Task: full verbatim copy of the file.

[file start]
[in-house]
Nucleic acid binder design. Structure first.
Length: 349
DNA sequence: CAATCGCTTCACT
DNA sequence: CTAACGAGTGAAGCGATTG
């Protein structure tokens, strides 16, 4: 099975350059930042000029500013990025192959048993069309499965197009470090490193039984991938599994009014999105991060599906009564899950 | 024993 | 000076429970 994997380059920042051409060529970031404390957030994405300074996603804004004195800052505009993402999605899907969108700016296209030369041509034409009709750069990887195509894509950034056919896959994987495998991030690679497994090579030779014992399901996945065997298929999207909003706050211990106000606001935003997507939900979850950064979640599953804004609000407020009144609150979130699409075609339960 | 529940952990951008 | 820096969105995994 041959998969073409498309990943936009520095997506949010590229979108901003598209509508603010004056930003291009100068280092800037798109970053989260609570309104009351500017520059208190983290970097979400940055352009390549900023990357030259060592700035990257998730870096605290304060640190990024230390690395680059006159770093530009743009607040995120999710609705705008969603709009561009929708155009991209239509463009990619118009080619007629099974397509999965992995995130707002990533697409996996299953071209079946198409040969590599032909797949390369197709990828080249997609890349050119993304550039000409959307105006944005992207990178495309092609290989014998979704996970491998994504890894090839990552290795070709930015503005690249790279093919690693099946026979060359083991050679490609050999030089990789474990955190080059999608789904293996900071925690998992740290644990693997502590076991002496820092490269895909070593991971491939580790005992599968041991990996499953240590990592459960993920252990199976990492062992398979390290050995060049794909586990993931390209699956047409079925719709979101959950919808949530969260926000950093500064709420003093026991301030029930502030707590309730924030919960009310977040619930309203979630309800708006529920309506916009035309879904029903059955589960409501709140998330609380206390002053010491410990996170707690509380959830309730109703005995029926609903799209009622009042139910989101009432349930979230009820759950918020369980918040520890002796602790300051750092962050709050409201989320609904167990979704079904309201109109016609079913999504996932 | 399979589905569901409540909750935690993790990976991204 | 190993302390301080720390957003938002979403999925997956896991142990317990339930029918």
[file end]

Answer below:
[in-house]
Nucleic acid binder design. Structure first.
Length: 349
DNA sequence: CAATCGCTTCACT
DNA sequence: CTAACGAGTGAAGCGATTG
């Protein structure tokens, strides 16, 4: 099975350059930042000029500013990025192959048993069309499965197009470090490193039984991938599994009014999105991060599906009564899950 | 024993 | 000076429970 994997380059920042051409060529970031404390957030994405300074996603804004004195800052505009993402999605899907969108700016296209030369041509034409009709750069990887195509894509950034056919896959994987495998991030690679497994090579030779014992399901996945065997298929999207909003706050211990106000606001935003997507939900979850950064979640599953804004609000407020009144609150979130699409075609339960 | 529940952990951008 | 820096969105995994 041959998969073409498309990943936009520095997506949010590229979108901003598209509508603010004056930003291009100068280092800037798109970053989260609570309104009351500017520059208190983290970097979400940055352009390549900023990357030259060592700035990257998730870096605290304060640190990024230390690395680059006159770093530009743009607040995120999710609705705008969603709009561009929708155009991209239509463009990619118009080619007629099974397509999965992995995130707002990533697409996996299953071209079946198409040969590599032909797949390369197709990828080249997609890349050119993304550039000409959307105006944005992207990178495309092609290989014998979704996970491998994504890894090839990552290795070709930015503005690249790279093919690693099946026979060359083991050679490609050999030089990789474990955190080059999608789904293996900071925690998992740290644990693997502590076991002496820092490269895909070593991971491939580790005992599968041991990996499953240590990592459960993920252990199976990492062992398979390290050995060049794909586990993931390209699956047409079925719709979101959950919808949530969260926000950093500064709420003093026991301030029930502030707590309730924030919960009310977040619930309203979630309800708006529920309506916009035309879904029903059955589960409501709140998330609380206390002053010491410990996170707690509380959830309730109703005995029926609903799209009622009042139910989101009432349930979230009820759950918020369980918040520890002796602790300051750092962050709050409201989320609904167990979704079904309201109109016609079913999504996932 | 399979589905569901409540909750935690993790990976991204 | 190993302390301080720390957003938002979403999925997956896991142990317990339930029918």